As mentioned, it’s big and it’s heavy, and I often found myself taking it off during work hours, while driving, while eating – or any other activity that didn’t require me to be standing still.

The watch makers boast that the Cookoo is great for taking with to gym or even when you go swimming (with the watch being water resistant to 5 atmospheres of pressure).

While the added weight will certainly help with building muscle faster, I would say that using the watch at the gym probably isn’t a great idea.

For one, the wrist band is made from soft silicon which, when mixed with perspiration coming from your skin during a workout, leads to massive irritation and itching.

This is also true if you happen to be wearing the watch during, say, a heatwave in Johannesburg. Or any time at all. To be frank, the material lends itself to perspiration.

As for swimming with it – that’s not really a practical notion, unless you worry about Facebook notifications while you’re doing laps in the pool or something.

Overall, I found the watch to be simply too heavy and bulky for every-day use, though, again, that is entirely a personal preference.

Cookoo watch
Not pictured: irritated skin


When we received the Cookoo watch, the gadget had limited functionality. Half-way through the review, the watch’s iOS app was updated, and new features were added.

It surprised me that a watch branded with a bird would opt not to have Twitter integration – but then I realised that if the watch beeped every time I got a new Tweet, it would be beeping all day.

The Facebook integration, in contrast, is pretty vast. Why you need to have your watch connected to Facebook is another discussion altogether.

To assign the various functions to the watch’s buttons, you have to venture into the Cookoo app on your smarthpone – which begs the question: if you’re using your phone to do all this, why not just do these updates while you’re there?

The remote control of your phone – be it the camera or music player – is handy when you want to take a photo of yourself (but make it look like someone else took it – ie, you have friends), or if you’re listening to music and your phone is just out of reach to change tracks (lazy).

If you happen to misplace your phone, the phone-finding alert should help you track it down, even if it’s on silent.

That is, of course, if you can keep the phone and watch connected.

Because the phone and watch connect via Bluetooth, the watch also lets you know when you and your phone are too far away or gets disconnected – this is done by making your phone “cookoo”. This happened a lot.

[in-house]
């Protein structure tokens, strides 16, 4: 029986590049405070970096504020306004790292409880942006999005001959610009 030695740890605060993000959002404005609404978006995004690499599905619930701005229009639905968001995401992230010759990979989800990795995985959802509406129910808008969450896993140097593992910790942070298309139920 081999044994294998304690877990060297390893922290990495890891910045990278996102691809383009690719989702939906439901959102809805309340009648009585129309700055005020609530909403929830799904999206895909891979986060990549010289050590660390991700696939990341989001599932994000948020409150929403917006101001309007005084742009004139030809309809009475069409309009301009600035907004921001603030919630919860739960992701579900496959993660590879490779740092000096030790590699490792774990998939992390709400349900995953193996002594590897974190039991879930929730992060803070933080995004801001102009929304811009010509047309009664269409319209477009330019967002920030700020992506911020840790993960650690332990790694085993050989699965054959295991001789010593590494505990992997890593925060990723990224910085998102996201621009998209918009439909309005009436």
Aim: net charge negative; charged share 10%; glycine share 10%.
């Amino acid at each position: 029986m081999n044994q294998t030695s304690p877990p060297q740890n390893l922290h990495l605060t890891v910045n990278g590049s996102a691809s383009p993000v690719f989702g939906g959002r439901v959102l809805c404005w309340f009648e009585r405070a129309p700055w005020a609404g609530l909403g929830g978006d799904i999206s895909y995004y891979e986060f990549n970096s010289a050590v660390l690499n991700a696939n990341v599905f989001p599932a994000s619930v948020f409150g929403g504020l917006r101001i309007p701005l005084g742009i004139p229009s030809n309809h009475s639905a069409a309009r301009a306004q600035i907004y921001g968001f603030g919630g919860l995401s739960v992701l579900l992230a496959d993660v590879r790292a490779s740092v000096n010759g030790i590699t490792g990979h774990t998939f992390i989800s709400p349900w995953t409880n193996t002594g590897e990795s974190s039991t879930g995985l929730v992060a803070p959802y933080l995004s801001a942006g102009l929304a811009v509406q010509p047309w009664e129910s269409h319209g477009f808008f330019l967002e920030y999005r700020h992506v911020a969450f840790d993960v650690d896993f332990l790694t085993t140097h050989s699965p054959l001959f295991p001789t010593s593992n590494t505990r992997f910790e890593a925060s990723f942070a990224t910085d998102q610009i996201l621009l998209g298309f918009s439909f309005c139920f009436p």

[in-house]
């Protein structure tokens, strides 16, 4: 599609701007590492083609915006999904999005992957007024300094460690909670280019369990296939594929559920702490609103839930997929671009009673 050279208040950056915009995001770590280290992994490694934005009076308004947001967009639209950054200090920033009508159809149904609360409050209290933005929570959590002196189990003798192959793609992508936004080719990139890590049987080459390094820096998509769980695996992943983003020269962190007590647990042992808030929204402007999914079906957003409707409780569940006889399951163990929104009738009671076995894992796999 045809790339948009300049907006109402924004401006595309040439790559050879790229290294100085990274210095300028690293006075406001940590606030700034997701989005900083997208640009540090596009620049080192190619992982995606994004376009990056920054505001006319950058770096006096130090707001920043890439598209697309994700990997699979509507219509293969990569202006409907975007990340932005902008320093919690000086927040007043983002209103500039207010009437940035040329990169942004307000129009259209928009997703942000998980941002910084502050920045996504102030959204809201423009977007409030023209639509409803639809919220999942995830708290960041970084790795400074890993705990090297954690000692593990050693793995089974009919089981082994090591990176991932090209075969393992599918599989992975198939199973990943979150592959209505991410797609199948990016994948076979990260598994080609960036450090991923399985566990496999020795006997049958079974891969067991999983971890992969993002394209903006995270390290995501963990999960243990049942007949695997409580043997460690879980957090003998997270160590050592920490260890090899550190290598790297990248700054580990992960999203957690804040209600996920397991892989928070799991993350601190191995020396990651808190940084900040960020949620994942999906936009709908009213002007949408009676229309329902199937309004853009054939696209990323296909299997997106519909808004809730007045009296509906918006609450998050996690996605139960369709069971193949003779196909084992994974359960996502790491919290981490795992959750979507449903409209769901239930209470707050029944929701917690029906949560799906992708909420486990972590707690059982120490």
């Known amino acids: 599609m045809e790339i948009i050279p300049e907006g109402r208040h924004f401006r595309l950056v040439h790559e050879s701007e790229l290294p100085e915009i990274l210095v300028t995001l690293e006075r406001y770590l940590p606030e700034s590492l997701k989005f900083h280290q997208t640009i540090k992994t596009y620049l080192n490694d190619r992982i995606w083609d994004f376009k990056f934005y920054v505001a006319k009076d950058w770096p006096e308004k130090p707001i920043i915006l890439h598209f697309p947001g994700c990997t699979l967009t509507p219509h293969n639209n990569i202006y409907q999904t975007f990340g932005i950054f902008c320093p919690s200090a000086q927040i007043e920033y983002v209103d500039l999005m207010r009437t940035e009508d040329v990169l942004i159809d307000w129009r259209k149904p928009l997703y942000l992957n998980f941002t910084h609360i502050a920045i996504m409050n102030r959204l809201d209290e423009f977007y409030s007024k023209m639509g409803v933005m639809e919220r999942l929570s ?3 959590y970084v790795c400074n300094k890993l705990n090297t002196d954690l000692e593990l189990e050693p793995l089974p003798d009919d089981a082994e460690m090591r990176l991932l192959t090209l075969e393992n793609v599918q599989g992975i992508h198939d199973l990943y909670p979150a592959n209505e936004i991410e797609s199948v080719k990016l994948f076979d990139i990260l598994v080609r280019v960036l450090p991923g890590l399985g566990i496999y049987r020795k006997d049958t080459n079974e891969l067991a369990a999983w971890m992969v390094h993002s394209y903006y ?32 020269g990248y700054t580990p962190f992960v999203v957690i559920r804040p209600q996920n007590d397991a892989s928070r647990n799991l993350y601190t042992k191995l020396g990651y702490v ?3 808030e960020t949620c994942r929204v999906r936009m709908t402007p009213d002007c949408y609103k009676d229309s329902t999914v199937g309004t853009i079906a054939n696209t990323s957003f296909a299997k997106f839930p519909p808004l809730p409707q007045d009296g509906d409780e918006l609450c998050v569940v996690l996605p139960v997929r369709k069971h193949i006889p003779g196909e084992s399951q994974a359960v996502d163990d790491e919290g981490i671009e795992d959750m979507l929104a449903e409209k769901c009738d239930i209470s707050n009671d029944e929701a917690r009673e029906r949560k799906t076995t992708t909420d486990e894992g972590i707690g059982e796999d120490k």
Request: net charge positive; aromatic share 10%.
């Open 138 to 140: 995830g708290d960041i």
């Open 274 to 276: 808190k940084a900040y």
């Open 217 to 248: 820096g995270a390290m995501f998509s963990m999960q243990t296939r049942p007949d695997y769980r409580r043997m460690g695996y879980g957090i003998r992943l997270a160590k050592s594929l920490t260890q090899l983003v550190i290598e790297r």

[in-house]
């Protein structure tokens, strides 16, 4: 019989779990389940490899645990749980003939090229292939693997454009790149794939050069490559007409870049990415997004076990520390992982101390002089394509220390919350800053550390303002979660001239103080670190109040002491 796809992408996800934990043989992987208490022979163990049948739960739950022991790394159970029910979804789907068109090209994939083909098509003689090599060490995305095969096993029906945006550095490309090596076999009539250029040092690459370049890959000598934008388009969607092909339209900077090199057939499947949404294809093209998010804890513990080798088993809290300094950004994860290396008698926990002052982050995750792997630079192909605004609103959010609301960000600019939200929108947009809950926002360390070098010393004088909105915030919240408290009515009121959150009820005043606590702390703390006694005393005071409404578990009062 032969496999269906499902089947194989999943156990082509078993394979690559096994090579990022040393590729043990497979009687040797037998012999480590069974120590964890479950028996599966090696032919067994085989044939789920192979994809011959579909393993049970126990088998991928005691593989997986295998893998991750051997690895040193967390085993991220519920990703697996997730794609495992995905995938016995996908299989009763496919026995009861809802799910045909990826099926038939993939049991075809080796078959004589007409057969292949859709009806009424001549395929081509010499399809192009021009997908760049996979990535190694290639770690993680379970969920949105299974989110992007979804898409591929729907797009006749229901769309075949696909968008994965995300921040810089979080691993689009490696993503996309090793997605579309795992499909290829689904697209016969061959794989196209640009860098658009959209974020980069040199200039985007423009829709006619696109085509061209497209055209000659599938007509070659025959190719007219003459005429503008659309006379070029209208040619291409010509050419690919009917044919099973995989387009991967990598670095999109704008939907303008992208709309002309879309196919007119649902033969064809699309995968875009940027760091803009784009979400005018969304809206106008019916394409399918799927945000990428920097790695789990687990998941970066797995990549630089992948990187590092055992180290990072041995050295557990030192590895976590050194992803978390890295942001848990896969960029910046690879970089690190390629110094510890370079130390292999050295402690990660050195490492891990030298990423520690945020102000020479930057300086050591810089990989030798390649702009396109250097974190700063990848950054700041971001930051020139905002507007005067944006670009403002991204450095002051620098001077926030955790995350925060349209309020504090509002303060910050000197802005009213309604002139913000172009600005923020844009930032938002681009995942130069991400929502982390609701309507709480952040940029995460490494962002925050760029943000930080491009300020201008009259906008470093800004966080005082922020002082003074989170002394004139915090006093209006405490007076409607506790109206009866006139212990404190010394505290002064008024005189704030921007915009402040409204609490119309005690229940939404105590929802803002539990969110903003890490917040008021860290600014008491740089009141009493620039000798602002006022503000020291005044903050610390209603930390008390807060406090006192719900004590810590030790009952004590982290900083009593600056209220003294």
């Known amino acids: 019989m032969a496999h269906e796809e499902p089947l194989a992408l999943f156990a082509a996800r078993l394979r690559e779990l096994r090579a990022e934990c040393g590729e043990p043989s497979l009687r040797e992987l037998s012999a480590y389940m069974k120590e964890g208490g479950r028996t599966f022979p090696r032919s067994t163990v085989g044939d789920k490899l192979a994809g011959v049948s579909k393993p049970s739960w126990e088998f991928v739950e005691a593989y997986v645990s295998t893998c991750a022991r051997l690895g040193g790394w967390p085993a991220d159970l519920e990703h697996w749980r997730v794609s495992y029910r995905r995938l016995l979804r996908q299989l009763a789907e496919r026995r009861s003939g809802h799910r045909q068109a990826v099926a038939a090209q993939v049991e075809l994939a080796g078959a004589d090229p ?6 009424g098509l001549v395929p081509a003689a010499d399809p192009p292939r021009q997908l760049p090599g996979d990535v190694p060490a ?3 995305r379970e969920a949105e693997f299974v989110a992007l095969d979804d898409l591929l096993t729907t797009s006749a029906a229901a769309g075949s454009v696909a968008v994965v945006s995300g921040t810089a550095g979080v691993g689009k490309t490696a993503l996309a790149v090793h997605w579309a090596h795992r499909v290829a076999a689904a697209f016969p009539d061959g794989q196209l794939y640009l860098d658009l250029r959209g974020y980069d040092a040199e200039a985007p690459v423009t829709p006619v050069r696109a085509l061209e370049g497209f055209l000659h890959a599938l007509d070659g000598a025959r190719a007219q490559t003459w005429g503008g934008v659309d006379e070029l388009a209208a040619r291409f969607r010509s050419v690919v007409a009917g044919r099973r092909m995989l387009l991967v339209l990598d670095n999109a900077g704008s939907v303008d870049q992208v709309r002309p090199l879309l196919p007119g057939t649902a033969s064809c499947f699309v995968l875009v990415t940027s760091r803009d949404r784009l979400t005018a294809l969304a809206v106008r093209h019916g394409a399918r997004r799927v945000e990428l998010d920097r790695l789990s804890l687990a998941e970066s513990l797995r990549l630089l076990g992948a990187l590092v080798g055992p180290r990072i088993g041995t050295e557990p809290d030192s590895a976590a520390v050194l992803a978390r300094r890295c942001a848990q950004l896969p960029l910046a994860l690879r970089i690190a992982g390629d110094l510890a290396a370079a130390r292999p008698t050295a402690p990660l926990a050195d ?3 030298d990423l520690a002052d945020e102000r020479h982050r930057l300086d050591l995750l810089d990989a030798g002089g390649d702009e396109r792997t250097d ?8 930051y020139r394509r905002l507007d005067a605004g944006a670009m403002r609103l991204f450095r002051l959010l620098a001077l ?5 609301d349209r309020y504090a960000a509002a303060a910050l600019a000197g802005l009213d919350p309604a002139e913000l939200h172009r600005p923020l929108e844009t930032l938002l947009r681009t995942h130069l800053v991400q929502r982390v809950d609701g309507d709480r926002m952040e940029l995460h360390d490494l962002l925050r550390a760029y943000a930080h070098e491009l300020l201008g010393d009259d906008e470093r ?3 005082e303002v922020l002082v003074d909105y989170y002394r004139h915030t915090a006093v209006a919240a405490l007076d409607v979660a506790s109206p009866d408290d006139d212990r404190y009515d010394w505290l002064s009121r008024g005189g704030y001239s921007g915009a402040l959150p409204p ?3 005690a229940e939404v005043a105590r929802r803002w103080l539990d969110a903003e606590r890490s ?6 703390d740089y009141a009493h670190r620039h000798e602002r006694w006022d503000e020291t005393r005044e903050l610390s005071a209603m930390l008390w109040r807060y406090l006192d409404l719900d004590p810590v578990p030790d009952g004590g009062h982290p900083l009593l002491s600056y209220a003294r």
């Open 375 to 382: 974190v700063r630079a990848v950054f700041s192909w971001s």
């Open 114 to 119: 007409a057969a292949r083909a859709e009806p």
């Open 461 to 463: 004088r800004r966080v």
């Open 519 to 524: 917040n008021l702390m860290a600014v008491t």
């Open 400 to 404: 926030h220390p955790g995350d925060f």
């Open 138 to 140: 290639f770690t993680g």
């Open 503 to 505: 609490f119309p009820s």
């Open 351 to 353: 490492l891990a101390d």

I tried to test the Bluetooth range a number of times and simply couldn’t gauge a set distance where the phone disconnects.

Sometimes the watch would disconnect from my iPhone when I jumped up to go to the bathroom – and sometimes it would disconnect when I had the two devices right next to each other. Sometimes it wouldn’t connect at all.

Reconnecting is basically guess work. You can reconnect from the watch or from the app – and whether you’re successful or not depends entirely on how much time care to dedicate to the activity.

Cookoo self pic
Now it’s easier to pretend you have friends


The Cookoo watch isn’t a bad gadget – just unrefined. A lot of folks will love its “robust” design – but many will sneer at its lack of elegance.

Technophiles will moisten at the prospect of having a watch that communicates with their iPhone (and will undoubtedly make a show of using the features at any given opportunity) – but ultimately, the connection issues trump any technological glee it offers.

The problem also comes in finding the right type of user. Heavy social network users will already be glued to their phones, making the watch’s features obsolete – while day-to-day users will struggle to find a reason to have a watch that does more than tell the time.

When it boils down to it, I found the watch’s most useful quality in day-to-day activity is telling me what time it is; all of the features it offers – with the exception of the remote camera and phone-finding capabilities – are more practically executed from the phone, itself.

It’s a great pity, because the Cookoo watch – as a brand and a gadget – does have a lot of potential.

For the price (R1,499), in a market that’s likely to expand as gadgets get more inter-connected, you might do well to hold onto your money and see what else comes your way.

You can check out more and purchase the Cookoo watch from

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Cookoo smart watch review